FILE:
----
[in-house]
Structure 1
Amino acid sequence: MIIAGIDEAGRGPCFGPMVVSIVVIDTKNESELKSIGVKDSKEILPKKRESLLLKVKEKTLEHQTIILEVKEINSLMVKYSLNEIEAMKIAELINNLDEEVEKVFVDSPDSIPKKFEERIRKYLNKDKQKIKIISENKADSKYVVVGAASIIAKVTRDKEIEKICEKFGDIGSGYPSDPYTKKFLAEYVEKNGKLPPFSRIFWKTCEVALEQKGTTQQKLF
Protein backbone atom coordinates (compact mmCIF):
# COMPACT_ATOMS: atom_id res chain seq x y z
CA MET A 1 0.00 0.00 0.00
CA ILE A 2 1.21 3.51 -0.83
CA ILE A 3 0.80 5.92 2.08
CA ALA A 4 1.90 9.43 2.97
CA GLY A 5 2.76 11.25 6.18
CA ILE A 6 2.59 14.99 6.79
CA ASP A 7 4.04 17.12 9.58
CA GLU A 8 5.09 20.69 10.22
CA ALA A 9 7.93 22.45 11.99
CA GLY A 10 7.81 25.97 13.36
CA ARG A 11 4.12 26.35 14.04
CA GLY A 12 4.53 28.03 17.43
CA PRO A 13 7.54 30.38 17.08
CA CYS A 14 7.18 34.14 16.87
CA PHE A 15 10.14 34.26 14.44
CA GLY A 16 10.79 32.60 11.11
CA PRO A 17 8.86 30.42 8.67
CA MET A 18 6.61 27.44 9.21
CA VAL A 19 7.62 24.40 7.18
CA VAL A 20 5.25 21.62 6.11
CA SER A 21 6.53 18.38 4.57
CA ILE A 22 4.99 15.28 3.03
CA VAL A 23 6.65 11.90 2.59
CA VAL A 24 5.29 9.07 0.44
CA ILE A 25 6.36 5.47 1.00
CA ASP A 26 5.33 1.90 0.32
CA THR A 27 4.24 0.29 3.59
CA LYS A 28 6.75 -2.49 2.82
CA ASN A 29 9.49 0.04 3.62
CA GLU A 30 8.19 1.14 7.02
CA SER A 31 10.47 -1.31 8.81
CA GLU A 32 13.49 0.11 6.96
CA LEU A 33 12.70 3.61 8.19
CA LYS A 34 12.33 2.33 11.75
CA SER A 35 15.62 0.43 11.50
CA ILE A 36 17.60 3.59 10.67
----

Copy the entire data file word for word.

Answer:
[in-house]
Structure 1
Amino acid sequence: MIIAGIDEAGRGPCFGPMVVSIVVIDTKNESELKSIGVKDSKEILPKKRESLLLKVKEKTLEHQTIILEVKEINSLMVKYSLNEIEAMKIAELINNLDEEVEKVFVDSPDSIPKKFEERIRKYLNKDKQKIKIISENKADSKYVVVGAASIIAKVTRDKEIEKICEKFGDIGSGYPSDPYTKKFLAEYVEKNGKLPPFSRIFWKTCEVALEQKGTTQQKLF
Protein backbone atom coordinates (compact mmCIF):
# COMPACT_ATOMS: atom_id res chain seq x y z
CA MET A 1 0.00 0.00 0.00
CA ILE A 2 1.21 3.51 -0.83
CA ILE A 3 0.80 5.92 2.08
CA ALA A 4 1.90 9.43 2.97
CA GLY A 5 2.76 11.25 6.18
CA ILE A 6 2.59 14.99 6.79
CA ASP A 7 4.04 17.12 9.58
CA GLU A 8 5.09 20.69 10.22
CA ALA A 9 7.93 22.45 11.99
CA GLY A 10 7.81 25.97 13.36
CA ARG A 11 4.12 26.35 14.04
CA GLY A 12 4.53 28.03 17.43
CA PRO A 13 7.54 30.38 17.08
CA CYS A 14 7.18 34.14 16.87
CA PHE A 15 10.14 34.26 14.44
CA GLY A 16 10.79 32.60 11.11
CA PRO A 17 8.86 30.42 8.67
CA MET A 18 6.61 27.44 9.21
CA VAL A 19 7.62 24.40 7.18
CA VAL A 20 5.25 21.62 6.11
CA SER A 21 6.53 18.38 4.57
CA ILE A 22 4.99 15.28 3.03
CA VAL A 23 6.65 11.90 2.59
CA VAL A 24 5.29 9.07 0.44
CA ILE A 25 6.36 5.47 1.00
CA ASP A 26 5.33 1.90 0.32
CA THR A 27 4.24 0.29 3.59
CA LYS A 28 6.75 -2.49 2.82
CA ASN A 29 9.49 0.04 3.62
CA GLU A 30 8.19 1.14 7.02
CA SER A 31 10.47 -1.31 8.81
CA GLU A 32 13.49 0.11 6.96
CA LEU A 33 12.70 3.61 8.19
CA LYS A 34 12.33 2.33 11.75
CA SER A 35 15.62 0.43 11.50
CA ILE A 36 17.60 3.59 10.67